The larger economic crisis unfolding and the prevailing crisis in education have created conditions for a nation-wide strike wave. From Los Angeles, California to Vancouver, Washington to the “Red for Ed” movement in the American South, teachers’ strikes have been winning where they have the broad solidarity of both licensed and classified education workers that strike together, and where teachers’ unions in multiple districts have come out on the picket lines at the same time. These are important lessons for OEA to consider in the navigation of the Portland teachers’ strike if educators want to walk away with the best deal possible. The manner in which education workers’ wages are set and pubic education funded is all conditioned by class society. Capitalism has made education in its own image: an industry for producing workers for the labor market, instead of a “community” institution dedicated to enriching and improving the lives of future generations. Despite education workers’ best efforts, the system continues to fail students and educators alike, as at its core it is designed to be exploitative and can ultimately only deliver results on the basis of capitalist economy and profit, not human need.

Education workers must recognize the real class antagonisms that prevail in the education system and generalized throughout class society. They must link arms with their fellow educators and the wider working class whose children they aim to serve, toward the goal of ending the rotten exploitative system that brings so much harm and destruction to the world. First they must work to reforge a class unionist movement, dumping the old defeatist practices of business unionism in favor of a type of union movement that recognizes the class nature of society and organizes itself around wide-spread, mass strike action of the entire working class.


The Tumultuous Progress of Indian Capitalism Between Bitter Social Tensions and Aspirations of Global Power

In our article “India positions itself among the powers of Asia”, which appeared in our Italian paper Il Partito Comunista n. 417, we described the implications of the imperialistic quartet of China, Russia, India and the United States, and how New Delhi could afford it, thanks to material factors and objective objectives, a certain political autonomy capable of favoring one’s own imperialist expansionism. This policy allows it to make agreements with the various imperialist fronts, through a profitable ambivalence that originates from the material basis of the expansion of Indian capitalism, increasingly determined to gain a leading role in the disputes of international capital.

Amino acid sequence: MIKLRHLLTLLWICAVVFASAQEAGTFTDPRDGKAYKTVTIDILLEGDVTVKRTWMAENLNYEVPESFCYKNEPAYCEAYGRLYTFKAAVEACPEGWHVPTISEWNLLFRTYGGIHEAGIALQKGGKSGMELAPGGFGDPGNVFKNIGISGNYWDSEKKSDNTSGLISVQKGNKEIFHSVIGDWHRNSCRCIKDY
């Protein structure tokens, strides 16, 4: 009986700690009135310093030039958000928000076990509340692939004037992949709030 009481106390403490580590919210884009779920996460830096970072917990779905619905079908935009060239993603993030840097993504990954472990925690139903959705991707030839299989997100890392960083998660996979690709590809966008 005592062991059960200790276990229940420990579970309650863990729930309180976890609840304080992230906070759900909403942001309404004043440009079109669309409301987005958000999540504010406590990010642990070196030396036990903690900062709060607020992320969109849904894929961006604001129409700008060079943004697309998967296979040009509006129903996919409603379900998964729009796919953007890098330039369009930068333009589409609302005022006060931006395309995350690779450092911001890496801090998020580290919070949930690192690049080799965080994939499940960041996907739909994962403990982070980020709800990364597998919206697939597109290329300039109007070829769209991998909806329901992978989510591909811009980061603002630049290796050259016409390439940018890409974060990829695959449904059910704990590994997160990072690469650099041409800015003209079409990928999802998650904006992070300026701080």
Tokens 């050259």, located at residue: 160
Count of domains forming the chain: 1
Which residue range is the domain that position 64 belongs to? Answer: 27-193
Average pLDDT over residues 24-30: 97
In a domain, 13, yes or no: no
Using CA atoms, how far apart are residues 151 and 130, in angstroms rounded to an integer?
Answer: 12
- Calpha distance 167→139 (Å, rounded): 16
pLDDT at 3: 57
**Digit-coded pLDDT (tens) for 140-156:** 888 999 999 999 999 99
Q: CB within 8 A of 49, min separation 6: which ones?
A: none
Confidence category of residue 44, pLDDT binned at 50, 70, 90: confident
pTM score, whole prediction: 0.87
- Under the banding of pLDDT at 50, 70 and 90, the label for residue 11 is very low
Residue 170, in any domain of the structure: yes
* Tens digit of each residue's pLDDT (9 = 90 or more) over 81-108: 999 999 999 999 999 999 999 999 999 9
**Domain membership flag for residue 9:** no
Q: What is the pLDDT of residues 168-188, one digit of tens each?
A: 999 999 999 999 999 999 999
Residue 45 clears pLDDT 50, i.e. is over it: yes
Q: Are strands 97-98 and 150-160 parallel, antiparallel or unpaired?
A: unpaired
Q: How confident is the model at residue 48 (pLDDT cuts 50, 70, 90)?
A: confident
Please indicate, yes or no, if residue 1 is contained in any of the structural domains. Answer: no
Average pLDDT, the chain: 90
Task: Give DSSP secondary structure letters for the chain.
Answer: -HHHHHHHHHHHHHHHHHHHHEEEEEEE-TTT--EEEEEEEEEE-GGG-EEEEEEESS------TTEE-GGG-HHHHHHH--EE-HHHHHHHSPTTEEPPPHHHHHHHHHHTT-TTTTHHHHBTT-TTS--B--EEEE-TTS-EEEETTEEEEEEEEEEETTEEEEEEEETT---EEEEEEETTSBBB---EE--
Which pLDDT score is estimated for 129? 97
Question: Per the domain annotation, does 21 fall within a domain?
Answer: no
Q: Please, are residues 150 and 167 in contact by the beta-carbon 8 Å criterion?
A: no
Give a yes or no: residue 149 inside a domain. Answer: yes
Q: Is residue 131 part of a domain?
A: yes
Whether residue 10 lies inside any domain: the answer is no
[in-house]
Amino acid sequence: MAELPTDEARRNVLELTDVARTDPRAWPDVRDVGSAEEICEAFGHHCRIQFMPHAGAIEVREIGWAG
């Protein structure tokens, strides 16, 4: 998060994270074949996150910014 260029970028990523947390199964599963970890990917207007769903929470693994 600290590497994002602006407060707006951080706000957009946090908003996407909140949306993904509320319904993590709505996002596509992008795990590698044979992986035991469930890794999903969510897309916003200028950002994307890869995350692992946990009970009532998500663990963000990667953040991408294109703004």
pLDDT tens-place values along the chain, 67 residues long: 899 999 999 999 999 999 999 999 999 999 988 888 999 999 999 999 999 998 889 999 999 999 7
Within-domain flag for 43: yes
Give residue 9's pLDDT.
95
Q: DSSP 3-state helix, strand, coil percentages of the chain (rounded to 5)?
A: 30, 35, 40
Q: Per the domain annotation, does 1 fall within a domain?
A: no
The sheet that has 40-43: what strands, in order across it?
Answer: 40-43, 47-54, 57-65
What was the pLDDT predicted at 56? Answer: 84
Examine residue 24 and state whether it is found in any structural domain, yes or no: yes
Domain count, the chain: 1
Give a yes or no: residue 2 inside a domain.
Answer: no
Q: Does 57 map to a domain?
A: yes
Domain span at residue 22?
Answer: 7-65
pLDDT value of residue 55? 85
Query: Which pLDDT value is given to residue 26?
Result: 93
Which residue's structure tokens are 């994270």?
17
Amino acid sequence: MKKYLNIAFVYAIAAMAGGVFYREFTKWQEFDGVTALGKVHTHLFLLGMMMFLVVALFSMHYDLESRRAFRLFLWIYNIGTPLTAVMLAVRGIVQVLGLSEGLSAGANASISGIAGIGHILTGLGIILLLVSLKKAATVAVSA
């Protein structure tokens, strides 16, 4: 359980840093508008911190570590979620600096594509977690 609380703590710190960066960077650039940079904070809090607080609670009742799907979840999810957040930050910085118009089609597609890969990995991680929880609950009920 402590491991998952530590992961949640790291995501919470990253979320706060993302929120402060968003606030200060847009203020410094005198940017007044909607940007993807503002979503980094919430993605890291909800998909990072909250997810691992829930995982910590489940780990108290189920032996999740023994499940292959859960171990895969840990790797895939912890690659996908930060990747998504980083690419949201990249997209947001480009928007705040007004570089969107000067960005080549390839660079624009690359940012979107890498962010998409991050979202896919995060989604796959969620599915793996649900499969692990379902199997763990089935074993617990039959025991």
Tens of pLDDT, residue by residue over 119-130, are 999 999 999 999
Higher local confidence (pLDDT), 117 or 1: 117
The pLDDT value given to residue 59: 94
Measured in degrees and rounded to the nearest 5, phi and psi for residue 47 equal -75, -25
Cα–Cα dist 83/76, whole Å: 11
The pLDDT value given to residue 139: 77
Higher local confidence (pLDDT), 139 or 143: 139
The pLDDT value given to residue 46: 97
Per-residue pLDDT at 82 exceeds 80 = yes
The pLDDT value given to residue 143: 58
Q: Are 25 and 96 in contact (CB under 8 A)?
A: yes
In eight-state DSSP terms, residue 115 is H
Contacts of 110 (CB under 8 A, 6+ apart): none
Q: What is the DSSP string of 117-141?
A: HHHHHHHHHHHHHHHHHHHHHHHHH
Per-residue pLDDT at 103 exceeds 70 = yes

The current year has confirmed this trajectory. With strengths but also limitations and weaknesses, the South Asian giant is trying to become an alternative manufacturing power to China, taking away from the latter the primacy of “factory of the world”.


The Disputed Indo-Chinese Border

Last December 9 troops of the Indian army clashed with the Chinese in the district of Tawang in the region of Arunachal Pradesh, which borders the north with China, east and south-east with Burma, west with Bhutan and south with the federation states of the Indian Assam and Nagaland. The greater part of the region is in contention with Beijing, which claims the southern part of Tibet.

According to Indian sources, Delhi’s troops pushed back Chinese troops that had crossed the border (Line of Actual Control, or LAC) and that China has disregarded an agreement formed last September. Beijing has, on the contrary, said that the Indian troops had allegedly trespassed while a Chinese People’s Liberation Army patrol was underway.

An escalation to be expected after the Delhi government’s decision to increase the stationed troops in Ladakh, an Indian territory bordering between the mountains ranges of Karakorum and Himalaya. Even though the past clash retains a moderate intensity—only injured soldiers can be counted on both sides—it is however a clear expression that relations between the due giants of Asia remain very tense.

Clashes of this kind, which generally involve exclusively the use of bladed weapons, are nothing new. The previous skirmish occurred in January 2021 on the disputed border of the Indian state of Sikkim. In June 2020, on the other hand, in the Galwan Valley between Ladakh and China’s Aksai Chin, clashes had resulted in the deaths of 20 Indian soldiers and an unknown number on the Chinese side, as we described in issue n. 23 of this newspaper.

The disputes involved several border areas and, as early as 1962, resulted in a war ending in India’s defeat; it was not followed by the conclusion of any peace treaty between the two countries, who are formally still at war.